UK financial services sector maintains stable tax contribution amid Brexit and Covid-19 uncertainty
A new report published by the City of London Corporation today (10 February), shows that the UK’s financial services sector contributed a record £75.6bn in tax in the year to March 2020 – a period covering significant uncertainty about the UK’s relationship with the European Union. This contribution remained stable compared to the previous year’s figure of £75.5bn.
The sum, which amounts to over 10 per cent of the overall government tax receipts, comprises £34.1bn in taxes borne directly by firms and of £41.5bn in taxes collected from financial services employees and customers.
Despite the economic impact of the COVID-19 pandemic, the sector’s total tax contribution is expected to remain robust according to the projections made in the report. It estimates that in the current financial year ending in March 2021, the sector will pay between £71.1bn and £75.7bn in taxes.
The Total Tax Contribution of UK Financial Services, produced for the City of London Corporation by accounting firm PwC, highlights the resilience of financial services in the pandemic and finds that, compared to others, the sector has been less affected by decreases in economic activity or hours worked. This is due in part to the sector’s investment in recent years in technologies that enable remote working.
This resilience has allowed financial services to support other businesses, with almost one in two trading businesses having received some form of financial assistance. The UK financial services sector has also supported the wider economy in the pandemic by administering large numbers of government loans and granting nearly two million mortgage payment deferrals to households, equivalent to one in six mortgages in the UK.
The report also highlights the value of financial services across the country, with the sector employing over one million people across the UK, accounting for around 3% of the UK workforce, but contributing to over 11% of all UK employment taxes.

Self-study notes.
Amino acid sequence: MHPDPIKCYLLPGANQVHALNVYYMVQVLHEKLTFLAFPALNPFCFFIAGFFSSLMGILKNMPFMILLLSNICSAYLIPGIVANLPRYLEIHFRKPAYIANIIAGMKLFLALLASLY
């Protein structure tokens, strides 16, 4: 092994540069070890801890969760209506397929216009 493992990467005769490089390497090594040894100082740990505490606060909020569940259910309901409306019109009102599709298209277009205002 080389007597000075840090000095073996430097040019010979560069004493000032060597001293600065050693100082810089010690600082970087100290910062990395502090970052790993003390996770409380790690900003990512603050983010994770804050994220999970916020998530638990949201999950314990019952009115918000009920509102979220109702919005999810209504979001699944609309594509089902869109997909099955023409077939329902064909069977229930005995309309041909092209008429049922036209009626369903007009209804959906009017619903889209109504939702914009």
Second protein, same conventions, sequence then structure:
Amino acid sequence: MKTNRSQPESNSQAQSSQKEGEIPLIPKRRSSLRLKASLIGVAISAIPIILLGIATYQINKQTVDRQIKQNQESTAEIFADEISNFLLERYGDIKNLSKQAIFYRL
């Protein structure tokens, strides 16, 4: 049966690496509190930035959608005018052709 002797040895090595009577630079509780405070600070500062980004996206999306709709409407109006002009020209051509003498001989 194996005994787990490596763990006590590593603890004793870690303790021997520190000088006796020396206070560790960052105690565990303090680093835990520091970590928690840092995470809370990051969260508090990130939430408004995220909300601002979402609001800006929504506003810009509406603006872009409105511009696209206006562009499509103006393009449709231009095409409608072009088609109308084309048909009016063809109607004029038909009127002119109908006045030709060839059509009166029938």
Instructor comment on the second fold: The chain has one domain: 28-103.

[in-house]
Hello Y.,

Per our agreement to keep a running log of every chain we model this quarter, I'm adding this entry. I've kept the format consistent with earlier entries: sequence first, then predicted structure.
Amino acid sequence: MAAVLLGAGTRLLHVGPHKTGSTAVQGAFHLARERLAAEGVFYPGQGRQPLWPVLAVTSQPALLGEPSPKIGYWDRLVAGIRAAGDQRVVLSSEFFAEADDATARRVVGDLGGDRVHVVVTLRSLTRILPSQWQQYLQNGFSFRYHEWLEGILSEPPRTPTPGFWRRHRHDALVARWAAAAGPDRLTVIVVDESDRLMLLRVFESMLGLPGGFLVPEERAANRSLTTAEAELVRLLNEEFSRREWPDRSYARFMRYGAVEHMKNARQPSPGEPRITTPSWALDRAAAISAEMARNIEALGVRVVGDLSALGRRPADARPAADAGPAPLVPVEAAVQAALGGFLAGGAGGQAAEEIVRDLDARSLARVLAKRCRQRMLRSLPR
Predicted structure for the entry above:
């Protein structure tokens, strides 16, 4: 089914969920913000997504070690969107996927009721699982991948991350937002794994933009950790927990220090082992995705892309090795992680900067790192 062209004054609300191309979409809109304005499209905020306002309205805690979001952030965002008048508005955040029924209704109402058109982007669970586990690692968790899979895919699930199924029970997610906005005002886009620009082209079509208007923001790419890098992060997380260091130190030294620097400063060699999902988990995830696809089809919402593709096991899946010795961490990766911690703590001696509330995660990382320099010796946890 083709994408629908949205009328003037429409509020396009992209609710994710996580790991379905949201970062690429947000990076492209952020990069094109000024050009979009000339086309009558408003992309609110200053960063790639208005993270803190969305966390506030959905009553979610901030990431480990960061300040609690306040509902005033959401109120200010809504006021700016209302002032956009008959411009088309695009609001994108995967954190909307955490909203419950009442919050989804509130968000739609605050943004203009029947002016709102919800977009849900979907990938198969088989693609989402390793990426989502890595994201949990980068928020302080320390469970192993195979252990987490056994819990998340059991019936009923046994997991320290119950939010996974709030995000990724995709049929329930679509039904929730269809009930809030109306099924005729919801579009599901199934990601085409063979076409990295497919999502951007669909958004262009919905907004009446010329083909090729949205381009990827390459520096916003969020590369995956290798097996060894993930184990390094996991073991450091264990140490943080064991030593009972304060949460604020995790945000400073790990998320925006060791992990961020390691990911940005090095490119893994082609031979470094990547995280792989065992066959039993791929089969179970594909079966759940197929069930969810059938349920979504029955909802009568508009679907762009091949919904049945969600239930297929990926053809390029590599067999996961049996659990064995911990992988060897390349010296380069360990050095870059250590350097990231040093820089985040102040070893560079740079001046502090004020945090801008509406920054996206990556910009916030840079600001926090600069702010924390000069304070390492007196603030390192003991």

Employment taxes make up the largest share of the sector’s tax contribution (45%) because of the many skilled jobs the sector provides, followed by corporation tax and VAT (15% each).
Policy Chair at the City of London Corporation, Catherine McGuinness, said:
“This report highlights the value of the UK’s financial services sector, which has shown incredible resilience despite unprecedented economic uncertainty.
“While the pace and path of the recovery post-pandemic might still be uncertain, the financial services sector’s contribution provides a much-needed element of stability. The sector is vital to supporting prosperity right across the country and will play a critical role in fuelling our economic success. Two thirds of jobs in financial services are outside of London so it has a vital role to play in driving the UK’s economic recovery, particularly through employment taxes.
“However, technological advances and new ways of working mean the sector must focus on accelerating the change to digitisation and develop new products. This will be crucial for the UK to remain competitive and safeguard the sector’s jobs and significant tax contribution.”
Isabelle Jenkins, head of financial services at PwC, said:
“This report shows the continuing importance of financial services to the economy and to the public finances. At a time when the government is borrowing heavily to support the economy, the taxes generated by the sector are particularly important.
“We need to ensure that we have a tax system that supports growth in the sector, allowing it to contribute to the economic recovery following the pandemic, while generating tax revenue in a sustainable way.”
Notes to editors
About the City of London Corporation
The City of London Corporation is the governing body of the Square Mile dedicated to a vibrant and thriving City, supporting a diverse and sustainable London within a globally-successful UK. www.cityoflondon.gov.uk
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